• Programs are haphazard with little structure.
What we have learned from effective
induction/mentoring programs
• There is a need for extensive mentor training and
  support throughout the process.
• Mentor selection must include specific criteria; one
  aspect of criteria should include a taped sample of
  mentor’s work with a group or individual; potential
  mentors should not be generated by volunteerism alone.
• Mentors need to be provided a tangible token for their
  time and effort, such as reimbursement, certificates,
  CEU’s, or course credit.
• Districts and administrators must fully support program
  and be prepared to provide released time to mentor and
  new counselor, in addition to adjusting new counselor’s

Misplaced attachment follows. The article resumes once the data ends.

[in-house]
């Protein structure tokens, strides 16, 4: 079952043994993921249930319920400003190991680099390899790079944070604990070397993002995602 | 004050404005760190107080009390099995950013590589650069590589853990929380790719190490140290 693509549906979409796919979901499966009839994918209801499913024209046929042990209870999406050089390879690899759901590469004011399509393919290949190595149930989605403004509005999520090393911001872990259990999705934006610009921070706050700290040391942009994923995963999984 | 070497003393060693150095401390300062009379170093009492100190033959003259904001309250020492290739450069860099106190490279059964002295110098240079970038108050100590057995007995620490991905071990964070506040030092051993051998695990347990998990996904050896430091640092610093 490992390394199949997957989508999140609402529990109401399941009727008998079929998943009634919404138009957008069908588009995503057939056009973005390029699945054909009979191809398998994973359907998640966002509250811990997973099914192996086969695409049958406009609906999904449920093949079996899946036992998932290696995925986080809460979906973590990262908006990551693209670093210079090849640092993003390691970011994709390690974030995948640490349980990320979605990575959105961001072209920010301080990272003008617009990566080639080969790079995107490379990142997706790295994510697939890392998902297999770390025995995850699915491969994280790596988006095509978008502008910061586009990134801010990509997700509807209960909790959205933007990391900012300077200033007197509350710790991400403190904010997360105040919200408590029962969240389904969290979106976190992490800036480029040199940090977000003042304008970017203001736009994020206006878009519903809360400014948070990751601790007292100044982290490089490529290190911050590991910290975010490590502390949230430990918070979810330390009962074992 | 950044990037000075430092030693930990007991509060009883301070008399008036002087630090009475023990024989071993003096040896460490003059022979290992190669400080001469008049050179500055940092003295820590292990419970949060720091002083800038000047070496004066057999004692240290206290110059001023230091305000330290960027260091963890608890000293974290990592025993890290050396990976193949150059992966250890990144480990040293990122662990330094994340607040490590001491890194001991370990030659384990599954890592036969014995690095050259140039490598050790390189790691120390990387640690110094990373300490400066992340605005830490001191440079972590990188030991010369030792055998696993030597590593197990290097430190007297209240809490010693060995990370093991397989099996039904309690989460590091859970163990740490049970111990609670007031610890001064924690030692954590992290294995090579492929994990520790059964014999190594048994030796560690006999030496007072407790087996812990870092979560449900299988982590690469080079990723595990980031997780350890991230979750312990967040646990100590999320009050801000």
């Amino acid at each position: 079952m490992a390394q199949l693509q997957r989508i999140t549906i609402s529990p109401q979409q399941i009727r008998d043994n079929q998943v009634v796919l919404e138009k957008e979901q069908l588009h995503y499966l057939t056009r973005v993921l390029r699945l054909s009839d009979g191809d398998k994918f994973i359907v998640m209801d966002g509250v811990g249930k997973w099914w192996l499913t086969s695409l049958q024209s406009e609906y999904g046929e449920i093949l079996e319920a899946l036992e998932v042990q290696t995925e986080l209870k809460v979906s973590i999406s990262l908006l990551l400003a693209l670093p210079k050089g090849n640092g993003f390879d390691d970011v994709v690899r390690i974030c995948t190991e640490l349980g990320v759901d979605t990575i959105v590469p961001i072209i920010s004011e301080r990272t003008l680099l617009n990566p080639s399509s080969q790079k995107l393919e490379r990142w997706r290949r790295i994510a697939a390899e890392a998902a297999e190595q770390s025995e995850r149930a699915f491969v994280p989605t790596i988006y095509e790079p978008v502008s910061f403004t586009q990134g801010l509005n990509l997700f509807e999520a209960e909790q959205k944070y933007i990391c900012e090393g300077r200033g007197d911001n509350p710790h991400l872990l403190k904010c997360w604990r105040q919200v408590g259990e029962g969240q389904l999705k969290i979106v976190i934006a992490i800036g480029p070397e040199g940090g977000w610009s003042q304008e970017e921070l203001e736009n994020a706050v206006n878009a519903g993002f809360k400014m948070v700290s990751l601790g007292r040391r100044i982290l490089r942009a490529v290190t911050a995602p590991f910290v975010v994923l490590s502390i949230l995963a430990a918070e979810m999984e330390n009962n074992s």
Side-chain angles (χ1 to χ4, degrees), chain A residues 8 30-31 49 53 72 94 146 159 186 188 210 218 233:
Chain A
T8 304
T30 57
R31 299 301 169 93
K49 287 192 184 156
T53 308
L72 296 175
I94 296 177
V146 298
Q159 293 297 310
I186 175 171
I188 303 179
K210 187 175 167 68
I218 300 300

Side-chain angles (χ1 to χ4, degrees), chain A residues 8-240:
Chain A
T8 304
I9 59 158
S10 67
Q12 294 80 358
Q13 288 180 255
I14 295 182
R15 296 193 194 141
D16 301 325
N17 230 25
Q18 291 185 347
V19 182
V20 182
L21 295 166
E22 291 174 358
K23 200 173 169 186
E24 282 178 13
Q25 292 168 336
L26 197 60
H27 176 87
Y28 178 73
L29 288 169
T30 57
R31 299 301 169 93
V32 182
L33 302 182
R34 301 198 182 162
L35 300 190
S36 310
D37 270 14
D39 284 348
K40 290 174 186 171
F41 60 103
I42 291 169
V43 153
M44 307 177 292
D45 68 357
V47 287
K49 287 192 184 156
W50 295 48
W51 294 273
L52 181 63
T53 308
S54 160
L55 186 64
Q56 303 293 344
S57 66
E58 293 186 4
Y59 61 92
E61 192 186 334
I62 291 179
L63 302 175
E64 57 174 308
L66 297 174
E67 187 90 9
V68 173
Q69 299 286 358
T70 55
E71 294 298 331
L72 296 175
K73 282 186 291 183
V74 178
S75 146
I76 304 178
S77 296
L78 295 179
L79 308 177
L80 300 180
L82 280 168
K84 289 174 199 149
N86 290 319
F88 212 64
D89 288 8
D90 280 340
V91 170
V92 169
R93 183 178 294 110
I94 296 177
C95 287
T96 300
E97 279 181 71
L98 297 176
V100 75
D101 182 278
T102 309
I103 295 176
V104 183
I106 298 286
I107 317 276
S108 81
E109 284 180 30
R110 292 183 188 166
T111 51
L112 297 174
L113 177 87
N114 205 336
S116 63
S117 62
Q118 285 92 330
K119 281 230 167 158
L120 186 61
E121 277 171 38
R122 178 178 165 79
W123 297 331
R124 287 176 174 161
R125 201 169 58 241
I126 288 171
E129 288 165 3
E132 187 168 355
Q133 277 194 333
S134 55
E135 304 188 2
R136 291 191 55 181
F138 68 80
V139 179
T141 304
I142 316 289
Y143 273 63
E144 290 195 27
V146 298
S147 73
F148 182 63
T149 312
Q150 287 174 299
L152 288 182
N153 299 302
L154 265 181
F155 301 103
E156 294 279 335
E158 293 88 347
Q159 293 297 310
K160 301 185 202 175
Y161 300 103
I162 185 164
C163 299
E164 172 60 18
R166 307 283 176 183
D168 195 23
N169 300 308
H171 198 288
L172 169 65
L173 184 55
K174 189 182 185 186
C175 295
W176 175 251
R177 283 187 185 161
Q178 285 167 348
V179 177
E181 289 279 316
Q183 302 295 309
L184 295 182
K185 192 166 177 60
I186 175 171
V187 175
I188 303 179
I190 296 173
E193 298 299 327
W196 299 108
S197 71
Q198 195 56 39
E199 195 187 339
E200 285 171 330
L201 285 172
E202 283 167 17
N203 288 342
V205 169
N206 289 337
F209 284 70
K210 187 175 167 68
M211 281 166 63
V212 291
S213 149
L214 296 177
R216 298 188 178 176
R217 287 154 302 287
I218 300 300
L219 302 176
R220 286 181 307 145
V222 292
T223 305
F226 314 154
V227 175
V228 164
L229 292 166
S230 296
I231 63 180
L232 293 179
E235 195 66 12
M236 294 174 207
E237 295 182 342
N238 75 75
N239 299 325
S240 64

What we have learned from effective
induction/mentoring programs

• The process of mentoring should reflect a developmental
  process, consistent with cognitive developmental stage
  theory of adult learning.

• The process of mentoring should encompass all the
  roles and issues of the new counselor.

• “Methods of reflection” should be built into process to
  allow the new counselor to gain meaning from
What Research tells us about Adult
Learning and Mentoring
(Knowles, 1980; Zachary, 2000):

•   Adults learn best when they are involved in diagnosing,
    planning, implementing, and evaluating their own learning.
•   The role of the mentor is to create and maintain a supportive
    climate that promotes conditions necessary for learning to take